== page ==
41

ITEM 7.    MANAGEMENT'S DISCUSSION AND ANALYSIS OF FINANCIAL CONDITION AND RESULTS OF OPERATIONS (Continued)


We also assess permanent and temporary differences resulting from differing bases and treatment of items for tax and accounting purposes, such as the carrying value of intangibles, deductibility of expenses, depreciation of property, plant, and equipment, stock-based compensation expense, and valuation of inventories. Temporary differences result in deferred tax assets and liabilities, which are included within our consolidated balance sheets. We must then assess the likelihood that our deferred tax assets will be recovered from future taxable income. Actual results could differ from this assessment if sufficient taxable income is not generated in future periods. To the extent we determine the need to establish a valuation allowance or increase such allowance in a period, we must include an expense within the tax provision in the accompanying consolidated statements of operations.
For current and deferred tax provisions, ASC 740 requires entities to account for the effects of new income tax legislation in the same reporting period that the tax legislation is enacted. Changes to tax laws known as the U.S. Tax Cuts and Jobs Act of 2017 (the "2017 Tax Act") were enacted on December 22, 2017. SEC Staff Accounting Bulletin No. 118, Income Tax Accounting Implications of the Tax Cuts and Jobs Act, permitted the Company to calculate and recognize provisional tax estimates for the fourth quarter of fiscal 2017 related to the enactment of the 2017 Tax Act. The Company completed its assessment of the implications of the 2017 Tax Act in 2018. The adjustment to income tax expense recorded in 2018 was not material. Additional information is contained in Item 8 "Financial Statements and Supplementary Data” under Note 12, Income Taxes, to the consolidated financial statements.
Foreign Currency
The functional currency of substantially all of our foreign operations is the local currency.
Assets and liabilities are translated into U.S. dollars using the current exchange rates in effect at the balance sheet date, while revenues and expenses are translated at the average exchange rates for the period. The resulting translation adjustments are recorded as a component of accumulated other comprehensive income (loss) within stockholders’ equity.
Transaction gains and losses, such as those resulting from the settlement of nonfunctional currency receivables and payables, including intercompany balances, are included in foreign currency gain or loss in our consolidated statements of operations. Additionally, payable and receivable balances denominated in nonfunctional currencies are marked-to-market at the end of each reporting period, and the gain or loss is recognized in our consolidated statements of operations.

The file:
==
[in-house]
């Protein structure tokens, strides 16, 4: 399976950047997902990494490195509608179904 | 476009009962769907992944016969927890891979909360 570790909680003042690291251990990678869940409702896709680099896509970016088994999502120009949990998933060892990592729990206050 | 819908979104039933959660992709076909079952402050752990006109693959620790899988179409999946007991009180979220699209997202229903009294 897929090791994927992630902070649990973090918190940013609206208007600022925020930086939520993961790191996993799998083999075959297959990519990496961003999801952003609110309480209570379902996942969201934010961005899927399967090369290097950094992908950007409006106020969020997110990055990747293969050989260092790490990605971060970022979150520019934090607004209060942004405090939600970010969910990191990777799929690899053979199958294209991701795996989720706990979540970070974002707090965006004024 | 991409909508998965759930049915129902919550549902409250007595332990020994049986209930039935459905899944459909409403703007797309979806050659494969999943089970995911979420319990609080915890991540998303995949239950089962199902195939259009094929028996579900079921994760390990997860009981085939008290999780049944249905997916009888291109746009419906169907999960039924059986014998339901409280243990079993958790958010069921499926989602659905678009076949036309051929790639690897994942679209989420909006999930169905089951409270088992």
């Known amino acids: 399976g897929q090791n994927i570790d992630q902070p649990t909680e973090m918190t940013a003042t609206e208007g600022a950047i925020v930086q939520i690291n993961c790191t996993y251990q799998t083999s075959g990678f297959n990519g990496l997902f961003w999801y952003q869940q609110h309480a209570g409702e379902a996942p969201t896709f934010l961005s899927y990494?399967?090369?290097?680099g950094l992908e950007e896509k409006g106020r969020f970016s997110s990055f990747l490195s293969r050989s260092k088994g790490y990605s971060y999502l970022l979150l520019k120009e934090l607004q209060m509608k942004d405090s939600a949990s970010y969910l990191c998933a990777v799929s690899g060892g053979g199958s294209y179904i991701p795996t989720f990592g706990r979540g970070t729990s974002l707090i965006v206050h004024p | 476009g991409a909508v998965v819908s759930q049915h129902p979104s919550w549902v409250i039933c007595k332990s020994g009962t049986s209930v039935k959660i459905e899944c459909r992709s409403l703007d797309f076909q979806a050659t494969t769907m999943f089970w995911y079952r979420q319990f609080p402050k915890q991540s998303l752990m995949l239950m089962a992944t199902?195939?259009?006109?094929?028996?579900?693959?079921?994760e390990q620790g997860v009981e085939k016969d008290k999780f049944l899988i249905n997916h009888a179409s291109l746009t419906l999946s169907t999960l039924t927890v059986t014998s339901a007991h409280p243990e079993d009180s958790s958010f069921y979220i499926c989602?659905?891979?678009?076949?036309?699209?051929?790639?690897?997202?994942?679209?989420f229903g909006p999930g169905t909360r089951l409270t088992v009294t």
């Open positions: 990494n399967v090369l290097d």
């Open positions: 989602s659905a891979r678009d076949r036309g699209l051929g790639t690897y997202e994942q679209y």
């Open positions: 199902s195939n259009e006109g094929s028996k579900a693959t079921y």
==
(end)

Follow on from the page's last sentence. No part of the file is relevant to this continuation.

As part of our overall strategy to manage the level of exposure to the risk of foreign currency exchange rate fluctuations, primarily between the U.S. dollar and the currencies of Canada and Mexico, we may use foreign currency forward contracts to hedge purchases that are made in U.S. dollars, primarily for inventory purchases in our Canadian and Mexican businesses. As part of a hedging strategy, we may use foreign currency forward exchange contracts that typically have maturities of less than 12 months and provide continuing coverage throughout the hedging period. These contracts are not designated for hedge accounting treatment, and therefore changes in the fair value of these contracts are recorded in our consolidated statement of operations. Such foreign currency gains and losses include the mark-to-market fair value adjustments at the end of each reporting period related to any open contracts, as well as any realized gains and losses on contracts settled during the reporting period. Fair values for open contracts are calculated by using readily observable market inputs (market-quoted currency exchange rates), classified as Level 2 within the fair value hierarchy. At December 29, 2018, there were no unsettled foreign currency forward contracts.
Employee Benefit Plans
We sponsor a frozen defined benefit pension plan and other unfunded post-retirement plans. The defined benefit pension and post-retirement plans require an actuarial valuation to determine plan obligations, and related periodic costs. Plan valuations require economic assumptions, including expected rates of return on plan assets, discount rates to value plan obligations and employee demographic assumptions including mortality rates. The actuarial assumptions used may differ materially from actual results due to changing market and economic conditions. Actual results that differ from the actuarial assumptions are reflected as unrecognized gains and losses. Unrecognized gains and losses that exceed 10% of the greater of the plan’s projected benefit obligations or market value of assets are amortized to earnings over the estimated service life of the remaining plan participants.